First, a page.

First, you need to paint a vivid profile of your customer. Who are they likely to be? What do they do? How do they feel?
Next, weave them into your content by doing the following:
- Visuals: Feature a close visual representation of your customers on your website, articles, social media posts, or emails.
- Copy: Describe a ‘day-in-the-life’ of your customers as accurately as you can. Make it believable.
- Context of use: Are there situations that your customers are likely to find themselves in? Ones where your product or service may come in handy? Narrate those.
- Social Groups: Include any social settings that your customer would be in. Would that be with her family members? Or individually at work?
Caterpillar is a good example of a company that does just that, as you can see from the screenshot of their website below.
#2 Focus On Their Problems
Now that you’ve got your customers firmly in your cross-hairs, the next thing you need to do is focus on their problems.
There are several ways to distill your customer problems:
- Customer Feedback: Peruse your customer feedback forms or surveys. What are the common complaints that keep cropping up?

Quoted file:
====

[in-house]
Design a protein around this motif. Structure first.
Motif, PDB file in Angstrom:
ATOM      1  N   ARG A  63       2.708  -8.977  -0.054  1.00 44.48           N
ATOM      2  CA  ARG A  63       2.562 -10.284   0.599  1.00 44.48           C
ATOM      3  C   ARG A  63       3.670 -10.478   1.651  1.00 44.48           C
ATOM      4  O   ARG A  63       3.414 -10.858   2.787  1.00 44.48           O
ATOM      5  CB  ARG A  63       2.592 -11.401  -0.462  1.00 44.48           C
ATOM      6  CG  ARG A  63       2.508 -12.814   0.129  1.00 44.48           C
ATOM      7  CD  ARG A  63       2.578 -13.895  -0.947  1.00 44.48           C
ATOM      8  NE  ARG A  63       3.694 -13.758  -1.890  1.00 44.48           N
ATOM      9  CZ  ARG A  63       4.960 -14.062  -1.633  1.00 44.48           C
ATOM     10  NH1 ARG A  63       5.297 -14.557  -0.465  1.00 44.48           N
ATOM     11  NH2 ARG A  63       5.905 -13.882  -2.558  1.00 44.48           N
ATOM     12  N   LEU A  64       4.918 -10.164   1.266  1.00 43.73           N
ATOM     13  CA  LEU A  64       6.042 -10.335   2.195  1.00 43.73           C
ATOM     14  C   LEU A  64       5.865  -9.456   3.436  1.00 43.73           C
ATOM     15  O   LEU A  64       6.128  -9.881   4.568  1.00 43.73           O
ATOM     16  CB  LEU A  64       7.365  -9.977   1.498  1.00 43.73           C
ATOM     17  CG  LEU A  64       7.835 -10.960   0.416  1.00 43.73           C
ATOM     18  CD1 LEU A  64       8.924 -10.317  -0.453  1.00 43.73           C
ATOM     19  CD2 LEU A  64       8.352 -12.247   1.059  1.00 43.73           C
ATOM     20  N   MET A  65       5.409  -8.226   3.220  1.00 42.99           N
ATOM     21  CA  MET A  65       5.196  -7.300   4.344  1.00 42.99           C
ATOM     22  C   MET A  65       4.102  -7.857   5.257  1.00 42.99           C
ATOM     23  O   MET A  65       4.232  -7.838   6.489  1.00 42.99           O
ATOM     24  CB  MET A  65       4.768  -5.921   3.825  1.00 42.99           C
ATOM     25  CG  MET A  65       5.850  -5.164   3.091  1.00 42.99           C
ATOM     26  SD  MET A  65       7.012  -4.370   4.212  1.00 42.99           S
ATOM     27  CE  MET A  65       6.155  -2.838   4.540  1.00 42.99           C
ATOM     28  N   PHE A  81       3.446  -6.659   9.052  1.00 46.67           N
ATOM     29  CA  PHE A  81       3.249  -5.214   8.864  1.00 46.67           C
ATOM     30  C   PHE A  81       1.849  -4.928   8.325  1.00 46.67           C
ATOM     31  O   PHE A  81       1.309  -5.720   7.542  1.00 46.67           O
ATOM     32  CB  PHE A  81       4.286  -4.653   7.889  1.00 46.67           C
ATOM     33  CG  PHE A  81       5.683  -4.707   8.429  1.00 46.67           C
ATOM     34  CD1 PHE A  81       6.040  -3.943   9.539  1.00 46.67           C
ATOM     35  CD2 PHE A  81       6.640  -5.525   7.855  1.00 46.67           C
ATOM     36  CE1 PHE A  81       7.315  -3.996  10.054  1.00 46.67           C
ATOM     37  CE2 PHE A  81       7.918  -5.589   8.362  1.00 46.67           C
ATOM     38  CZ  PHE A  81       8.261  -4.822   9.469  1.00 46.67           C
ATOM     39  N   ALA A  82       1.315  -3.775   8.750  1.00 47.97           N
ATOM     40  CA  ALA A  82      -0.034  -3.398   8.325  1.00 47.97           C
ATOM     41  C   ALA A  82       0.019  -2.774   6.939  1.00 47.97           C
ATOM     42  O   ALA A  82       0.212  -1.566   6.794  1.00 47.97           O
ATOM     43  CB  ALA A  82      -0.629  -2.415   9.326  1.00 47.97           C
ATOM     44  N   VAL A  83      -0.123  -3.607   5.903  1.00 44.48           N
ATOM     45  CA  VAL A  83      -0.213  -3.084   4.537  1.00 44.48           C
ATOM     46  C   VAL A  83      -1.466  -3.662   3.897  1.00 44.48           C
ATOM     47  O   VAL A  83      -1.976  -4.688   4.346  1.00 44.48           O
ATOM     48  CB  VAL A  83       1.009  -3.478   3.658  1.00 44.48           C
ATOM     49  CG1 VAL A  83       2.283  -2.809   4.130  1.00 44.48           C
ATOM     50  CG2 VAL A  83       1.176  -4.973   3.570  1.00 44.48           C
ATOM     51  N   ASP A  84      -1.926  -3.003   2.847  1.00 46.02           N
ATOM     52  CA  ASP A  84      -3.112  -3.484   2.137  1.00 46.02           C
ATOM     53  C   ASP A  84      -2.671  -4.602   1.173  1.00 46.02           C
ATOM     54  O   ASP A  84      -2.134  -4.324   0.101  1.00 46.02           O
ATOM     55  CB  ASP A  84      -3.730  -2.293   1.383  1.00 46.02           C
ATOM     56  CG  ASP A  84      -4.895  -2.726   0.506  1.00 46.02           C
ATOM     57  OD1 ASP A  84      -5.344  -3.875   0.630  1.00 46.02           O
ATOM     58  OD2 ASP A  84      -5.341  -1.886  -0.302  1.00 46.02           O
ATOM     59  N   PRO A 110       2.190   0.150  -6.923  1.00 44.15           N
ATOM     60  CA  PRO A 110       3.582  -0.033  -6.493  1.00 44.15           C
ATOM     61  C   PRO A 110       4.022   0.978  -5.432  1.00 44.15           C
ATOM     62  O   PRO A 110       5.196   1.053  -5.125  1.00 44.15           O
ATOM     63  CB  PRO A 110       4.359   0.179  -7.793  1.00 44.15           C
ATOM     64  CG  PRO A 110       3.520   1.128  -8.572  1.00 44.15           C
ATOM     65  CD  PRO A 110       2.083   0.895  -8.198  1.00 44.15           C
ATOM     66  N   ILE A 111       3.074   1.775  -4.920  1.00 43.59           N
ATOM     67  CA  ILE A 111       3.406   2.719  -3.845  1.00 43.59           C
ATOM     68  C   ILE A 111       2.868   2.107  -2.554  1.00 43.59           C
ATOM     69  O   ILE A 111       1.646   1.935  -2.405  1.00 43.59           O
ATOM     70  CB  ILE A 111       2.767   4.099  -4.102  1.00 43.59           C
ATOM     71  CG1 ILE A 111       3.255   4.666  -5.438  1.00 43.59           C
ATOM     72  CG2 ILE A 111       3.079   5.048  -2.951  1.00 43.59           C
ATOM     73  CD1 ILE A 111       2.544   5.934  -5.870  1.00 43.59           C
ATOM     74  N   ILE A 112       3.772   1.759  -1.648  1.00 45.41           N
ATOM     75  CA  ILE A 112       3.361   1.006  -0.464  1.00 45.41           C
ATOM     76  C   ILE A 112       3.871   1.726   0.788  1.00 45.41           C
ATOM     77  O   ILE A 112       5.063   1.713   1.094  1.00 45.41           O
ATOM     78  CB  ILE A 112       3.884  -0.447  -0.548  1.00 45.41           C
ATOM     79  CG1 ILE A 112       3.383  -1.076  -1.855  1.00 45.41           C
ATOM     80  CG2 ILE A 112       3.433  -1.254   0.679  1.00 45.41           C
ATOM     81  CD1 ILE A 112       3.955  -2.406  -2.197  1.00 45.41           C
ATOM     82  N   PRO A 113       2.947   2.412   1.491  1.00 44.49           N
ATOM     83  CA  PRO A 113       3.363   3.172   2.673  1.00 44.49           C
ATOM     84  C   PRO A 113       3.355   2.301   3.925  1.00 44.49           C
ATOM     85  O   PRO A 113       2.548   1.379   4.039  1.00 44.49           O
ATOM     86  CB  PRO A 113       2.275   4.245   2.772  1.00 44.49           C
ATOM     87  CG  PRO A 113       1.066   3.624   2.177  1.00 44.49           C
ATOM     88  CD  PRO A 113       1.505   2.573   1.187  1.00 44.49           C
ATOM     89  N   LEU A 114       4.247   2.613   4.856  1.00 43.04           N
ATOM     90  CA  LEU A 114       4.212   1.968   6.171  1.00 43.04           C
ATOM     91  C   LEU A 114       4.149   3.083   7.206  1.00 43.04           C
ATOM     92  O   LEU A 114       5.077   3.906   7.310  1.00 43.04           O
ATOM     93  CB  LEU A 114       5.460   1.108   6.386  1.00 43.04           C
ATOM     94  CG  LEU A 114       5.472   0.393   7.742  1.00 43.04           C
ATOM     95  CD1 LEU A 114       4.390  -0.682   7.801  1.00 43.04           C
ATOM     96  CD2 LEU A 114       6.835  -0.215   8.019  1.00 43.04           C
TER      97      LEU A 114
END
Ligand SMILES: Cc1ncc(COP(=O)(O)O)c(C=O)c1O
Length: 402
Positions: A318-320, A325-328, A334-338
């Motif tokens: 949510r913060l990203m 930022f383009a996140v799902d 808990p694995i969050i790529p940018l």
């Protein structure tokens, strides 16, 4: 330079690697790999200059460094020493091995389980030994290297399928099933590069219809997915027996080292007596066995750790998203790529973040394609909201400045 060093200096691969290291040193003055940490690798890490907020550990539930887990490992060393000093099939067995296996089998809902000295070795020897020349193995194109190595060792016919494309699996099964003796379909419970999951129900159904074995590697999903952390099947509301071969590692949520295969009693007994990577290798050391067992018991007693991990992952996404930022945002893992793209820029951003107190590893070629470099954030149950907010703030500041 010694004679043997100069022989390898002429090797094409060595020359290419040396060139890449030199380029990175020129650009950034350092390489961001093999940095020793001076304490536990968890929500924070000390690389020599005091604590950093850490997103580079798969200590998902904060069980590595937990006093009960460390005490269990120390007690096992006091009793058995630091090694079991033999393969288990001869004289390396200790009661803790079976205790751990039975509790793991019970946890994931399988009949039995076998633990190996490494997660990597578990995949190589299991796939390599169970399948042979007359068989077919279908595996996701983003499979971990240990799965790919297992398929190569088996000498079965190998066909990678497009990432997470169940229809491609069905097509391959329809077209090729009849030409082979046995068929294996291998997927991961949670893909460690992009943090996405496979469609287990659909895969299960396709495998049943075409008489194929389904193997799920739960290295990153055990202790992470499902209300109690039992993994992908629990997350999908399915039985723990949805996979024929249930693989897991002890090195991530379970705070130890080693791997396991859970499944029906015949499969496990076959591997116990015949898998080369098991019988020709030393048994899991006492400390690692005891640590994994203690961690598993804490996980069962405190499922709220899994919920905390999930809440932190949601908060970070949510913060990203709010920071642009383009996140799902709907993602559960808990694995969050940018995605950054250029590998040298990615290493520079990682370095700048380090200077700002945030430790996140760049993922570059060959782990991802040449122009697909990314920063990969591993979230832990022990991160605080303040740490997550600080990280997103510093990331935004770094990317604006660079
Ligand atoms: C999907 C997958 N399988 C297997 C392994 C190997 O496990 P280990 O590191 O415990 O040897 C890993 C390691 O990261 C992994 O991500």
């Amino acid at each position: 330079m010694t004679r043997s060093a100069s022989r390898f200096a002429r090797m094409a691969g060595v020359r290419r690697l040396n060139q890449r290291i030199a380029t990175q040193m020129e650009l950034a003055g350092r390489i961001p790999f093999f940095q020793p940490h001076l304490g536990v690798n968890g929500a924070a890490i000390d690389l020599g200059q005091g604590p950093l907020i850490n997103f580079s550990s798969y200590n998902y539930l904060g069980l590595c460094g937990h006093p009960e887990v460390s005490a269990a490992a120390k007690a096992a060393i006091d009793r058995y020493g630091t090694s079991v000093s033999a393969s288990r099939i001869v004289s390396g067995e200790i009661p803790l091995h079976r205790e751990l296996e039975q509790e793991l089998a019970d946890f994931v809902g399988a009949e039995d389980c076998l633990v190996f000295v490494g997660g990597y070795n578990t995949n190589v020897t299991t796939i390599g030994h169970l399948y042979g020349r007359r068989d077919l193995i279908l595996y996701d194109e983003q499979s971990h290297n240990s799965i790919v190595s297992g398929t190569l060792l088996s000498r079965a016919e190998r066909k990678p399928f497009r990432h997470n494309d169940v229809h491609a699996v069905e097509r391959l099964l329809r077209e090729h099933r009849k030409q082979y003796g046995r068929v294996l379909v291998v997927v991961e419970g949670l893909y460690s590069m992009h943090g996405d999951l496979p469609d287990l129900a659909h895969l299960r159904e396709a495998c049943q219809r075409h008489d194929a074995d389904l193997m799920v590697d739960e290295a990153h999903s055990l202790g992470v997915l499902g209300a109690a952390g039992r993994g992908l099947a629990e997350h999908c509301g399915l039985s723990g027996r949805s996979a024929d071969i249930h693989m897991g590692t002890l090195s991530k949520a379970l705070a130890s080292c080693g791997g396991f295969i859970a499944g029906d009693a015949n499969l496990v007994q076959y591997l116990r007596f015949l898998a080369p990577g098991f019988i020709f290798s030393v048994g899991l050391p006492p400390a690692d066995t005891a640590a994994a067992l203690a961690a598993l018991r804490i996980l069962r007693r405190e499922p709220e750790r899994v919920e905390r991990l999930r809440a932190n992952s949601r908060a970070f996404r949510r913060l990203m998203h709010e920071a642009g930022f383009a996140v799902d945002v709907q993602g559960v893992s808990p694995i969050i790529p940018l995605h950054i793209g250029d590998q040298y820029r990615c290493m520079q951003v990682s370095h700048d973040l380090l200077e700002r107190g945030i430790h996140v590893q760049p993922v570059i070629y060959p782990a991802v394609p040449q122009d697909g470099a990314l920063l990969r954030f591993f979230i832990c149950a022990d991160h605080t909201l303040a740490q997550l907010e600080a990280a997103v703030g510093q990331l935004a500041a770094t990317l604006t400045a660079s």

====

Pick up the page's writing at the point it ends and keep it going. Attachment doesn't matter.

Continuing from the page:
- Social Media Fan Comments: What do visitors to your social media pages commonly grouch about?
- Competitor Social Media Accounts: Have a look at your competitor’s social media accounts. Are there any requests or complaints that constantly crops up?
- Search Engine Queries: Use tools like Keyword Tool or Ubersuggest to discern any long-tail keywords that commonly crop up.
- Forum Discussions: Visit an online forum related to your trade. What are some of the topics that have cropped up?
The best example of a company focused on their customer problems is Riverpools and Spas. On their website, they’ve included thousands of questions and answers that cater to all their potential customer queries.